- involving the development or production of AI or other unlisted applications without knowledge or information from BIS that the activities could support the development, production, or use of a WMD;
- by foreign persons outside the United States when the underlying foreign-made items are not or could not be subject to U.S. regulatory jurisdiction; and
- that occur completely within the United States when no foreign persons are involved.
Although most experts agree that AI has not yet reached its full potential, ensuring that legal authorities exist to handle these emergent threats is in our best interest. Fortunately, in many cases, the U.S. government may already have the necessary authorities to address the use of AI in more traditional national security realms. Taking a step back to determine if our existing laws are sufficient will save us time in the long run and prevent regulatory overreach that could have negative impacts on the competitiveness of U.S. technology and innovation.
- According to the EAR § 772.1, a “U.S. Person” includes: 1) Any individual who is a citizen of the United States, a permanent resident alien of the United States, or a protected individual as defined by 8 U.S.C. 1324b(a)(3); 2) any juridical person organized under the laws of the United States or any jurisdiction within the United States, including foreign branches; and 3) any person in the United States. Foreign persons outside the United States are also affected by U.S. person controls if they are acting for and on behalf of the U.S. person.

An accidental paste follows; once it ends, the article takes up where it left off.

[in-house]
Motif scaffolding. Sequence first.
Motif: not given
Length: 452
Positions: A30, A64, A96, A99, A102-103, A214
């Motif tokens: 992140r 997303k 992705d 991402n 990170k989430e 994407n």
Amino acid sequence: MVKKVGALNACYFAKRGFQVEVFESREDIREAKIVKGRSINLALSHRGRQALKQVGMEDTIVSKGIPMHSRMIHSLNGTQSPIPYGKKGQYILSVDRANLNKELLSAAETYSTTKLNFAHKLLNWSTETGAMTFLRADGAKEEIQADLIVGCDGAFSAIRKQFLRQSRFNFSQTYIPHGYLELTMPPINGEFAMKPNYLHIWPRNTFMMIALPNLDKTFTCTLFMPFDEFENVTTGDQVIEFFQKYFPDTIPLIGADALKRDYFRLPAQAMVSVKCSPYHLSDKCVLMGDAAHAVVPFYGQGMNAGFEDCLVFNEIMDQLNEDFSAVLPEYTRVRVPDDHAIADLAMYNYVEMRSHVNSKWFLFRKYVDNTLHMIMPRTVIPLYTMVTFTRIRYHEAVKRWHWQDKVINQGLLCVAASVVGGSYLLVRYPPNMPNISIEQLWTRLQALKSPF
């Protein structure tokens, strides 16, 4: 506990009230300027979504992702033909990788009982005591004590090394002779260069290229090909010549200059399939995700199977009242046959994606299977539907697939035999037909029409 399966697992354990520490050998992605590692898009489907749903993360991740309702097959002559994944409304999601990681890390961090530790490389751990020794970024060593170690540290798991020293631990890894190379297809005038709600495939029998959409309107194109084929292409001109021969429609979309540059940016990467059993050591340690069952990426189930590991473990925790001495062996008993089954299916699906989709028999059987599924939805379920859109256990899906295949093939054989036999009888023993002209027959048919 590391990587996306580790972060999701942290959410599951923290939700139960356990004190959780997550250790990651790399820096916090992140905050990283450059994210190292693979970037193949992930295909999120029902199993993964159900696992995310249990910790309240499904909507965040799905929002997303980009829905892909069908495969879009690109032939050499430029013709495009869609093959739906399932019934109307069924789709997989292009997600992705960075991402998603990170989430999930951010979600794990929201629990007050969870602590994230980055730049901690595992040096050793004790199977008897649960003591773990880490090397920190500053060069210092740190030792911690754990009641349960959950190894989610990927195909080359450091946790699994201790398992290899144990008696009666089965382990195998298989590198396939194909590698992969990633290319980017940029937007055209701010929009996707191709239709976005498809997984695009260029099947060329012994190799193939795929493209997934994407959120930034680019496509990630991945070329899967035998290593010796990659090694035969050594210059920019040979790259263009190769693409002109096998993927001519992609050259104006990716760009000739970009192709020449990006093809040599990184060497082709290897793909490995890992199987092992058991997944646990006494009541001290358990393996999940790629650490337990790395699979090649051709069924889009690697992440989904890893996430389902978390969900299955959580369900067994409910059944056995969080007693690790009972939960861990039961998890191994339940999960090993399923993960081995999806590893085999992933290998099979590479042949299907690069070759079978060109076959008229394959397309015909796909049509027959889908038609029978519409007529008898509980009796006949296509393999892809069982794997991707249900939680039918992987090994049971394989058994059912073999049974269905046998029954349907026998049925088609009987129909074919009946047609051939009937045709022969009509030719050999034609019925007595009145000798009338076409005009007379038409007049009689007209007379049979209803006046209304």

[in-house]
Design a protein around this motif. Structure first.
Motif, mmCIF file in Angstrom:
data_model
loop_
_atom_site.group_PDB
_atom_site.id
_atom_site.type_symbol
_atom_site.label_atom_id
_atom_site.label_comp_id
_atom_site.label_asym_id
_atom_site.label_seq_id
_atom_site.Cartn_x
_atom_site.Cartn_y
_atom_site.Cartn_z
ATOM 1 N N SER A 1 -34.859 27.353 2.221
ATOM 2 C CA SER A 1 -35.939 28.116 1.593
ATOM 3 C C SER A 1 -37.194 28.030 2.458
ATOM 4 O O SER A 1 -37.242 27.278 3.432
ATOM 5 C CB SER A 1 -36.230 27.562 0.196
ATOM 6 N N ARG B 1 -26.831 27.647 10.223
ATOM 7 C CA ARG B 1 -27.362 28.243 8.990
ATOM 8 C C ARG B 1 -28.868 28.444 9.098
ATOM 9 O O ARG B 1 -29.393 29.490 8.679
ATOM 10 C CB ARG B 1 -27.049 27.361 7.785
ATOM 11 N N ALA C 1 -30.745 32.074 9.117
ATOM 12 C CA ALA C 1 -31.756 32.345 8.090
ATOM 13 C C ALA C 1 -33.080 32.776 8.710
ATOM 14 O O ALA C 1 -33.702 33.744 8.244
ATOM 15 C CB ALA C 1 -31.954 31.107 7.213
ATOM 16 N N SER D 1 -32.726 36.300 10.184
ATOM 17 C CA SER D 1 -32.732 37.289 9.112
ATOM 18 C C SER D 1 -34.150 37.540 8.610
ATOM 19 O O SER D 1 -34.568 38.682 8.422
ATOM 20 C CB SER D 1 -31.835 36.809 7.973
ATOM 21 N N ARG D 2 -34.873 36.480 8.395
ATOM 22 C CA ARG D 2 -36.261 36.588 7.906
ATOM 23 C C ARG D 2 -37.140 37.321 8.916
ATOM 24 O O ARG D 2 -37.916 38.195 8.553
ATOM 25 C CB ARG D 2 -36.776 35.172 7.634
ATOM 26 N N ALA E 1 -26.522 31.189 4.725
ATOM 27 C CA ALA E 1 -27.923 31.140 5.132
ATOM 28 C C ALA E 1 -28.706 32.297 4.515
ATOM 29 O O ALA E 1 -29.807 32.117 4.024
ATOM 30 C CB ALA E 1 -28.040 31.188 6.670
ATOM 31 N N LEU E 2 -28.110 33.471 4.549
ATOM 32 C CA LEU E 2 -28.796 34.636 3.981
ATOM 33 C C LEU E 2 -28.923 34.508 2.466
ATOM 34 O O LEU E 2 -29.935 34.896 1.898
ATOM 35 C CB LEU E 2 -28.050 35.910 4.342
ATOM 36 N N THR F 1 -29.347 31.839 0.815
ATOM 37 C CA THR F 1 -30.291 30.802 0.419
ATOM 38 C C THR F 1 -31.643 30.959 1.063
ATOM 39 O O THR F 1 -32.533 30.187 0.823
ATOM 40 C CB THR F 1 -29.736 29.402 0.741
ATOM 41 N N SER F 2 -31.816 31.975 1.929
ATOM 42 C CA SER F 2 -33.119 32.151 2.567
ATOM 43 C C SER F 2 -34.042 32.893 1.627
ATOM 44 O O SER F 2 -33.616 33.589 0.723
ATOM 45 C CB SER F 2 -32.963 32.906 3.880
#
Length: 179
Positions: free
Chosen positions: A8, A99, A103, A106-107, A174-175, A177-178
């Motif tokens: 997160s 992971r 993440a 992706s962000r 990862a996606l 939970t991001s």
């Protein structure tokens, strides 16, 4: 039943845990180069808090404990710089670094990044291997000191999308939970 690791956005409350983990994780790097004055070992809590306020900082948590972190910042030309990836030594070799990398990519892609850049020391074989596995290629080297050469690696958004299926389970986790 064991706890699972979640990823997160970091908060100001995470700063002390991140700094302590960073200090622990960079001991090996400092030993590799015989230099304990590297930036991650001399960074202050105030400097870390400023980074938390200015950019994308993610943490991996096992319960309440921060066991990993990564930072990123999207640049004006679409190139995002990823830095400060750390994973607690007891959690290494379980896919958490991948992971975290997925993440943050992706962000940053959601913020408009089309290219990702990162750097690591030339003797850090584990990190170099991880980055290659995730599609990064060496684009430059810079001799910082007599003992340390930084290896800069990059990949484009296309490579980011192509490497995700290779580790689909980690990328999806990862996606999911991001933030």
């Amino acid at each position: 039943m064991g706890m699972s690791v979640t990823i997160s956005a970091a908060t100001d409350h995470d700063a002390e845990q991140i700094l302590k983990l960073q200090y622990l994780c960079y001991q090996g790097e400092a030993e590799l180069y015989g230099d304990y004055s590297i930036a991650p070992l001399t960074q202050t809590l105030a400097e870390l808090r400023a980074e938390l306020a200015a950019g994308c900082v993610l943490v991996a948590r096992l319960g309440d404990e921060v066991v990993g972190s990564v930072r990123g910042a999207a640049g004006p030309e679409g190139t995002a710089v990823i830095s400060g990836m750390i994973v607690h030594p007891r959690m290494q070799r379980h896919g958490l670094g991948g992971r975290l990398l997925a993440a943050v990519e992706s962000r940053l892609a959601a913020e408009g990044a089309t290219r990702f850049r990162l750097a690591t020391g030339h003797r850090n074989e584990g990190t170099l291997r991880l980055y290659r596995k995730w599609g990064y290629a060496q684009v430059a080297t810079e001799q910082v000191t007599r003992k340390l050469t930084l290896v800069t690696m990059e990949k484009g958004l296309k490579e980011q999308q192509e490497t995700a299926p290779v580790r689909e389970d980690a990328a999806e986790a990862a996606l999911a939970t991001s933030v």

- As evidence of how aggressively BIS is controlling activities that could support military modernization in China using AI-related items, BIS made Cambricon and other listed companies involved in AI-related development “Footnote 4” entity. This is a somewhat novel Entity List designation BIS created in October 2022 to subject even wholly foreign-made and otherwise uncontrolled commercial items without any US-origin content to US export controls if they are developed or produced with U.S. technology or equipment and shipped from outside the United States to anyone if a Footnote 4 entity is involved. This new authority is referred to as the Footnote 4 Entity List Foreign Direct Product rule, which is far more complicated in application than this summary.